Analyzing NBA Finals Headlines 5.31.11




Posted by Matt Moore

Here are your NBA Finals Headlines for Tuesday morning before Game 1. 


Ken Berger likes the Mavs in seven, but we here on EOB think the Heat take it. Most experts are leaning Heat, predictably. The most logical answer is that this will be a long series and it's going to come down to heart/a few bounces. Of course, after the season it has been, logic and reason can be tossed aside. 

KB also chimes in to let you know that even if Dirk doesn't get that jewelry, his legacy is secure. Nowitzki holds an extremely niche title: "Greatest 7-foot pure shooter in NBA history." But that just makes his standing that much more unique. There will be other players like LeBron James, just not as good. There will be other players like Dwyane Wade, just not as good. There will be other players like Chris Bosh... and probably better. But there will never be a player like Dirk Nowitzki again. A 7-footer with that kind of range, that kind of touch, and that kind of longevity? He's in a classification all his own.  We get to see him on the biggest stage for at least four more games (if not more). Enjoy it.

The Palm Beach Post goes over the Heat's drama-filled year through a review of the different "gates" they've gone through. A personal favorite is Bump-gate. Remember that one? A half-second moment of contact with a player coming off the floor is supposed to be  indicative of a lack of respect for a coach who Dwyane Wade has supported for three years. Got it. The Heat have certainly caused themselves the majority of their drama. But everything has also been overly analyzed not just by the media, but by fans. And they still managed to get to this point. Spoelstra told reporters that "Bump Gate" was influential in creating a bond between James and Spoesltra.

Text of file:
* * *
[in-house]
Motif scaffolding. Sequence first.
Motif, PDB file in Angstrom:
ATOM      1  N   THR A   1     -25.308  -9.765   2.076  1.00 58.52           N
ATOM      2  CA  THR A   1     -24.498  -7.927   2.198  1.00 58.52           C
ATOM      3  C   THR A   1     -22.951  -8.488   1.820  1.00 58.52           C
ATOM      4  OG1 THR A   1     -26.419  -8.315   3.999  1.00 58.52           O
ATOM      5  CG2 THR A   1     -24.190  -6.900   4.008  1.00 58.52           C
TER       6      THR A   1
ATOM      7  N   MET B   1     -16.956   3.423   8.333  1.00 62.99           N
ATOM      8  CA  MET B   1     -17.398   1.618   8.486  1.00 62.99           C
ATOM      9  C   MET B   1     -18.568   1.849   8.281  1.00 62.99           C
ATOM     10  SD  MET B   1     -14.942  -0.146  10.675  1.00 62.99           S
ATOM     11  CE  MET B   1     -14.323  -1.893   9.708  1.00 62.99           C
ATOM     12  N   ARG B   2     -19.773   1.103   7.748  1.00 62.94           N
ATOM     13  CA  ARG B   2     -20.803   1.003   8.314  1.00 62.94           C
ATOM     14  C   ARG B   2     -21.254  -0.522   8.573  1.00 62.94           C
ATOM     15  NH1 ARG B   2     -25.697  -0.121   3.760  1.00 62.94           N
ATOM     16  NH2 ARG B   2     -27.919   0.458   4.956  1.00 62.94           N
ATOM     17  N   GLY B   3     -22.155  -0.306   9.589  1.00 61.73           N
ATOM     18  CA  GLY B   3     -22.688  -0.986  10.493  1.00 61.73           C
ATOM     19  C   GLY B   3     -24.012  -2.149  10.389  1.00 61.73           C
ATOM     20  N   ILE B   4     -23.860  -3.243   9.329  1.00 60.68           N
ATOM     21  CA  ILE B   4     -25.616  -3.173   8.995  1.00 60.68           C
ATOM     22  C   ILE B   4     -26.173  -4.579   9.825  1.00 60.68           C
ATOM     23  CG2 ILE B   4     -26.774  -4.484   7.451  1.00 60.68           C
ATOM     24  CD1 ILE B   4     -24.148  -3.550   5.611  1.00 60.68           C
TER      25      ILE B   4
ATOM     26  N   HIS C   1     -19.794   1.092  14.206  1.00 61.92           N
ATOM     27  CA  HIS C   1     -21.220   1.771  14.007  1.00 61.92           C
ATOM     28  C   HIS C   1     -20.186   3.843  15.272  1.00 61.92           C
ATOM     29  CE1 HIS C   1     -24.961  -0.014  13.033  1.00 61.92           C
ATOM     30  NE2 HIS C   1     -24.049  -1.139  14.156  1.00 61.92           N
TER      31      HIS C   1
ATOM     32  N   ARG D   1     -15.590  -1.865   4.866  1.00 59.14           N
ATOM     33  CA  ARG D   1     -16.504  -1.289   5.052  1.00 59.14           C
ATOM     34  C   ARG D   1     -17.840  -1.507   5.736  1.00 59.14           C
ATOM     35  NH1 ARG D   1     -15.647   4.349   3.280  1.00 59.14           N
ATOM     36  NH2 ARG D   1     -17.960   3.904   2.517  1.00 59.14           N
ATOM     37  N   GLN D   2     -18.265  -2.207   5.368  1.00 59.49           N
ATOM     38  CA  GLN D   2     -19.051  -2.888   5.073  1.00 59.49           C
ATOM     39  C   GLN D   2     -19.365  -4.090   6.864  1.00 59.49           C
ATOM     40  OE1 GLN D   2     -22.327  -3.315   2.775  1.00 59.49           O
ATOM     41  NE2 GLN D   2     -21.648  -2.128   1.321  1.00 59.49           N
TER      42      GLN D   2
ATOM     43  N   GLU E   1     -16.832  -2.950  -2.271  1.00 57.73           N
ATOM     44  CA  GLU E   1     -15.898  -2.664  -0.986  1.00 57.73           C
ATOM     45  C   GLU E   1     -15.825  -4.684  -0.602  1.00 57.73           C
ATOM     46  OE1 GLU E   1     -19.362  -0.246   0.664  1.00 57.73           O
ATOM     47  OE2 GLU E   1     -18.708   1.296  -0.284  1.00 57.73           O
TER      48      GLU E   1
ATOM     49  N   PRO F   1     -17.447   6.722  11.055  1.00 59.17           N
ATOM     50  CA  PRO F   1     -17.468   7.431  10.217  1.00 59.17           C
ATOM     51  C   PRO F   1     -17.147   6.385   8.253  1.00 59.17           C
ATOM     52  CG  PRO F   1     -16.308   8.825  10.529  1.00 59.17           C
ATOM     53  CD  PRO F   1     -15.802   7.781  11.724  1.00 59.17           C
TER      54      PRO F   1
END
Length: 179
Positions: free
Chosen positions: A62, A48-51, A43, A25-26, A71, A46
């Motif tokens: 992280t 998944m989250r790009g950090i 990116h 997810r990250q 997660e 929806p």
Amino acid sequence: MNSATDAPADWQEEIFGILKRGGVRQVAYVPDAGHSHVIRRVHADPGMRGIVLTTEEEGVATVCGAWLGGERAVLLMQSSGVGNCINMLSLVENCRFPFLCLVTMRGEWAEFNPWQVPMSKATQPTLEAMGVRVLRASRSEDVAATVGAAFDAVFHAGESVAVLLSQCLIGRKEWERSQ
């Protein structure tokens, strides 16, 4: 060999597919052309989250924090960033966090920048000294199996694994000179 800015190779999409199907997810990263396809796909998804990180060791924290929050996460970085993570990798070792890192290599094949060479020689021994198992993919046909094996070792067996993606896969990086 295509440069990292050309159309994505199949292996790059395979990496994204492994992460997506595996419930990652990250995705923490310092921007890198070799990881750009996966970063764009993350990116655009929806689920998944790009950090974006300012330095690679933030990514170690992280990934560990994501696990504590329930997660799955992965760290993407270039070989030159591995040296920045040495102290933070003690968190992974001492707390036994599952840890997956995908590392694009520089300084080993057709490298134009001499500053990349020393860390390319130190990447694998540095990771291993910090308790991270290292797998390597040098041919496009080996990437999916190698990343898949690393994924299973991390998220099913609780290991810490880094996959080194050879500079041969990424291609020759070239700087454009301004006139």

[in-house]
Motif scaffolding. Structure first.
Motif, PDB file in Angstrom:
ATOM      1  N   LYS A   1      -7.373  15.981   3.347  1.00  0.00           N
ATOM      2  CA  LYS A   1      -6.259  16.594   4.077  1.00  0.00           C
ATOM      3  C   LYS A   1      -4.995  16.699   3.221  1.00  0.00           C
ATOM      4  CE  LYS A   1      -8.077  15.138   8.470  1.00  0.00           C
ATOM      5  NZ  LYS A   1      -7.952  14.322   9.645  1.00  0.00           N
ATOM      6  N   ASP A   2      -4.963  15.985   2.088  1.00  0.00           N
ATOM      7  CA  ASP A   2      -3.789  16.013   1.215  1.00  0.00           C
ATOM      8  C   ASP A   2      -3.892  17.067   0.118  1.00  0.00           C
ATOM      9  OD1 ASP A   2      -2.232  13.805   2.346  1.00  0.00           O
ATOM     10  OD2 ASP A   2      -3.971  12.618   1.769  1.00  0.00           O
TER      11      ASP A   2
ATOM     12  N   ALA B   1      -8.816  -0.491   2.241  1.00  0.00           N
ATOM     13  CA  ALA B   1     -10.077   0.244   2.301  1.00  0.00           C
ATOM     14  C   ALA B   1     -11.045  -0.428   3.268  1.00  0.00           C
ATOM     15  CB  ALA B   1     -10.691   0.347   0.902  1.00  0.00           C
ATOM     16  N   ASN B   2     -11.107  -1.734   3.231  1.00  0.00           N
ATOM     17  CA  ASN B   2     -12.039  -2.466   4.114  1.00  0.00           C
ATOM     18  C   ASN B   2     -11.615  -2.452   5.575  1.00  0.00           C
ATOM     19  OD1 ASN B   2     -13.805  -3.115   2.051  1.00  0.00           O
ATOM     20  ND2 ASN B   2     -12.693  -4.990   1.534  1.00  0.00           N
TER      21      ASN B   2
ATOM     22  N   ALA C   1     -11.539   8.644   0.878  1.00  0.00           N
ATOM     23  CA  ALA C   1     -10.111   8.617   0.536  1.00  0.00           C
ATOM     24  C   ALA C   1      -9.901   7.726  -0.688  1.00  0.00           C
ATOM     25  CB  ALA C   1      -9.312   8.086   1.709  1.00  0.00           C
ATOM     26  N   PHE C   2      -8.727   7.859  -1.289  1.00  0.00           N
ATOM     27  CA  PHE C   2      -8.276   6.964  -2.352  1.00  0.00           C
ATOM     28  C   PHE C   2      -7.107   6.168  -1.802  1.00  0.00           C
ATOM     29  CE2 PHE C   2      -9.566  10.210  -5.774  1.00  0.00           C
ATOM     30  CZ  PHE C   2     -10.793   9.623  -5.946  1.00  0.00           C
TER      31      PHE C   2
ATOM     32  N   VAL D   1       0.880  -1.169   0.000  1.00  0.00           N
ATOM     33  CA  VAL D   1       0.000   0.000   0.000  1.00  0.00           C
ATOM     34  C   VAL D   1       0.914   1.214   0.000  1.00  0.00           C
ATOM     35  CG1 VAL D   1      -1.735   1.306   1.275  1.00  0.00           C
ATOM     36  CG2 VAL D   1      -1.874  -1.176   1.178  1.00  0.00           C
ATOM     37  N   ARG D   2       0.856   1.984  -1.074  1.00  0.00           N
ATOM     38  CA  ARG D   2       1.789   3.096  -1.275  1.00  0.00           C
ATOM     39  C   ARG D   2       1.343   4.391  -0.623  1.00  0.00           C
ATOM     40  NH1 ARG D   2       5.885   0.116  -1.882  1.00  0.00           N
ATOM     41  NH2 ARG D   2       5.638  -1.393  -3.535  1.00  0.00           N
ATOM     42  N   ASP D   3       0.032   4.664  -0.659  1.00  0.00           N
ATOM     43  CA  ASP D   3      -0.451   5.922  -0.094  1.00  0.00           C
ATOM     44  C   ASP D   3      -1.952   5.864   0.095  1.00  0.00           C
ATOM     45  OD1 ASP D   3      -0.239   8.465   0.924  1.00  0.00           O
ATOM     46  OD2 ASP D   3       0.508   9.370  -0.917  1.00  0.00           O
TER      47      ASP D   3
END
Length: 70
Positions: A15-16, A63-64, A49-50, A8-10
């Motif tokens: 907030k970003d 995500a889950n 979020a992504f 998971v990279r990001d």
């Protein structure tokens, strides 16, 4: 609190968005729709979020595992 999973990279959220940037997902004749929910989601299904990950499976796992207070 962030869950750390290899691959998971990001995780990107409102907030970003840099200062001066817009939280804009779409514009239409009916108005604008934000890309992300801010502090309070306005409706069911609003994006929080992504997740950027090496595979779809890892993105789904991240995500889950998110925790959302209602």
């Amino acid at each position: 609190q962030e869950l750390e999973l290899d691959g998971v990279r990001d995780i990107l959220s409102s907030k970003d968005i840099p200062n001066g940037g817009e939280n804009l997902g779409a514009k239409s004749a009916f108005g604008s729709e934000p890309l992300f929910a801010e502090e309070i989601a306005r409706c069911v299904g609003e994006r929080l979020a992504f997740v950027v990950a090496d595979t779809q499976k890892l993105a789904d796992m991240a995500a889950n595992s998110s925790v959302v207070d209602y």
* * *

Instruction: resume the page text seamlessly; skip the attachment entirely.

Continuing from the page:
Gregg Doyel takes a look at who's supposed to guard Dirk Nowitzki.  I've got a hint for you. Udonis Haslem did a much better job in 2006 than anyone is remembering and has the perfect size and skillset for it. Is Dirk going to get his? Absolutely. But Haslem will make him work for it, and that's all you can do. 

Dywane Wade opened up media availability yesterday by saying "I'm not hurt. Get that out of the way, move on."  There were a lot of questions about Wade's health due to his struggles in the last two games against Chicago, even with his late-game bursts. The reality is he probably is hurt, but just not with anything significant or at least significant enough to keep him out. Cameras caught Wade icing down his shoulder and being massaged on the sideline. That's nothing out of the ordinary for NBA guys, but it was the timing, urgency, and manner it was done that drew raised eyebrows. Something to keep an eye on, because the Heat need Wade to not only be healthy enough to score, but be able to draw contact. 

The Heat shot just 13-45 against Dallas' zone this year, according to ESPN. That's an interesting set of digits right there. The Heat aren't a great cross-court passing team, the best way to beat the zone, primarily because they get too flashy and try to do too much with the ball. They need shooters to knock down shots to get Dallas out of that. 

The South Florida Sun-Sentinel takes a look at some of the things that were said about the Heat, in a negative context, leading up to the NBA Finals, all the way since preseason.  

Zach Lowe of SI brings up an interesting point. If Barea is on the floor with Miller, he lacks the size to guard the Heat shooter. Will the Heat post Miller? It's an unorthodox concept but anything the Heat can do to get Barea off the floor will help and anything they can do to force a double off someone other than the Triad will create juicy opportunities for them. 

Jason Terry will have his trophy tattoo removed if the Mavs don't win the title this year.  That's just sad to hear. 

Ben Golliver notes in the Playoff Fix that the Mavericks struggled with LaMarcus Aldridge this year.  When you consider the damage that David West has done to them in the past, you start to notice the Mavericks have some issues with stretch fours. How's that going to jive with Chris Bosh doing damage from mid-range. Once again, as it has been all year, the pressure resides with Bosh to make some things happen for Miami.

We'll have coverage from shootaround this morning before Game 1 and our LiveChat kicks off at 8:30 p.m. EST. Join us! 
Posted on: May 31, 2011 9:09 am